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PSC Investigates Georgia Natural Gas Customer Back-Billing

PSC Investigates Georgia Natural Gas Customer Back-Billing

Georgia's leading natural gas marketer, Georgia Natural Gas Co., has been back-billing "several thousand" customers for charges that date back as far as a year, according to officials with the Georgia Public Service Commission. That news comes as the PSC deferred consideration until Nov. 20 of proposed new rules which would require marketers to provide efficient billing to customers.

The PSC said it had obtained an Oct. 30 confidential company memo written on SouthStar Energy Services/Georgia Natural Gas letterhead, which reportedly said, "approximately 41,000 accounts need resolution to finalize the audit and billing improvement plans." The memo continued, "these are accounts that for some reason did not bill 100% of the applicable base charges."

The memo also provided a script for customer service personnel to use for complaining customers, which reads: "Georgia Natural Gas has conducted a thorough audit to ensure that each customer has been billed correctly. In addition, we will never bill a customer for more than 12 base charges in one calendar year."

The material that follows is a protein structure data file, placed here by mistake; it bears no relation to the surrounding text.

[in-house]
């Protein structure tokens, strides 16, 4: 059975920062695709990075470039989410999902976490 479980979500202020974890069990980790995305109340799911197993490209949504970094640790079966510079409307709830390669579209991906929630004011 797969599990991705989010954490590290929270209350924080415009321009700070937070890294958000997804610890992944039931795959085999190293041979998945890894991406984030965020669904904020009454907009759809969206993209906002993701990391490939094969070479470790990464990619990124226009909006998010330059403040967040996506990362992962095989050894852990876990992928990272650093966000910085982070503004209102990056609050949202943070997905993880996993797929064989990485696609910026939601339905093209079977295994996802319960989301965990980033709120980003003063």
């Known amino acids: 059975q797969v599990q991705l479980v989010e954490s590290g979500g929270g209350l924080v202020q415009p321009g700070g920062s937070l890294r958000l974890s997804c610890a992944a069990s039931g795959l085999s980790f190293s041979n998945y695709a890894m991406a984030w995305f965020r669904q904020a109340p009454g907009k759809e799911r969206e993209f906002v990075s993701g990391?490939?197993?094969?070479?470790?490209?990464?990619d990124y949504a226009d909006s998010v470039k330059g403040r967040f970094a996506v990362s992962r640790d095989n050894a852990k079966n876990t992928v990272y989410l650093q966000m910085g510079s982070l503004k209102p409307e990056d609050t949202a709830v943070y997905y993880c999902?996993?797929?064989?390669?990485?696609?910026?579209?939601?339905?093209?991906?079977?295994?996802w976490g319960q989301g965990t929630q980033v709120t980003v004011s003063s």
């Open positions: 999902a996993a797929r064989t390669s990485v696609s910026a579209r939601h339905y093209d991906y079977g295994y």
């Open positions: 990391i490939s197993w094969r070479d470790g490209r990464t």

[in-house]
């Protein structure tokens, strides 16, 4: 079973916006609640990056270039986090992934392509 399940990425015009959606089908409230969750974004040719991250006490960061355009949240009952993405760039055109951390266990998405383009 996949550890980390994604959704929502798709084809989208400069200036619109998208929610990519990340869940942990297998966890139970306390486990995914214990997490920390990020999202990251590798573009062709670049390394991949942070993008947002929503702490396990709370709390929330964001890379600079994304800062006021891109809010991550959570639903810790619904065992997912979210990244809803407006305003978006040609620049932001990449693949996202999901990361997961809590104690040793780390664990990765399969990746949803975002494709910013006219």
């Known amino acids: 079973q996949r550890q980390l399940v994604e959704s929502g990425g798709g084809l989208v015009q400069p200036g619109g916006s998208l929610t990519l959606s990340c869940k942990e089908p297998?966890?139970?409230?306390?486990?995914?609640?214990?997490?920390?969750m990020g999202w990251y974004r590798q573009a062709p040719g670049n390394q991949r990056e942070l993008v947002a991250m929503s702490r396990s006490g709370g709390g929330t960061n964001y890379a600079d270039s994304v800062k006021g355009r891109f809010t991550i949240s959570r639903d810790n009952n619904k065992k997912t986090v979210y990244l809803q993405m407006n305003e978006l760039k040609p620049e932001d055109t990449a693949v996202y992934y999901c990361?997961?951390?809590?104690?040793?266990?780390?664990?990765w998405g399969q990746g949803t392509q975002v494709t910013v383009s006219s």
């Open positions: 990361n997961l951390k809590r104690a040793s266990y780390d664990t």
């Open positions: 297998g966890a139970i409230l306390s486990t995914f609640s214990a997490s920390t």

SouthStar Energy, which does business as Georgia Natural Gas in Georgia, is an alliance of AGL Resources Inc., Dynegy Inc. and Piedmont Natural Gas Co. Georgia Natural Gas serves more than 500,000 customers, and the back-billing accounts are being done on accounts missing up to eight monthly base charges, including monthly charges from Atlanta Gas Light for distributing gas and other services.

According to Georgia Natural Gas, customers billed for eight months-base charges would have up to four months to pay. PSC Commissioner Bobby Baker said that Georgia Natural Gas did not bill customers for meters not read in a certain month. Instead, when the meters were read and the multiple charges were sent, the bills did not include base charges.

The PSC is set to discuss a proposed rule authored by Baker on Nov. 20, which would forgive bills more than 90 days late and put the burden on marketers to provide efficient billing. Marketers in the state are opposed to the proposal. PSC also may rule on the two latest applications to enter the Georgia market as early as Nov. 21. The New Power Company and both have requested entrance to Georgia's two-year-old deregulated market, and would both use the Internet to market electricity and natural gas.

Georgia now has 12 certified marketers, down from 21 at the start of deregulation two years ago. Three suppliers have declared bankruptcy (see NGI, Sept. 4). Three marketers, including Georgia Natural Gas, Scana Energy and Shell Energy, control 85% of Georgia's deregulated market, now numbering about 1.5 million homes and businesses.

Carolyn Davis, Houston

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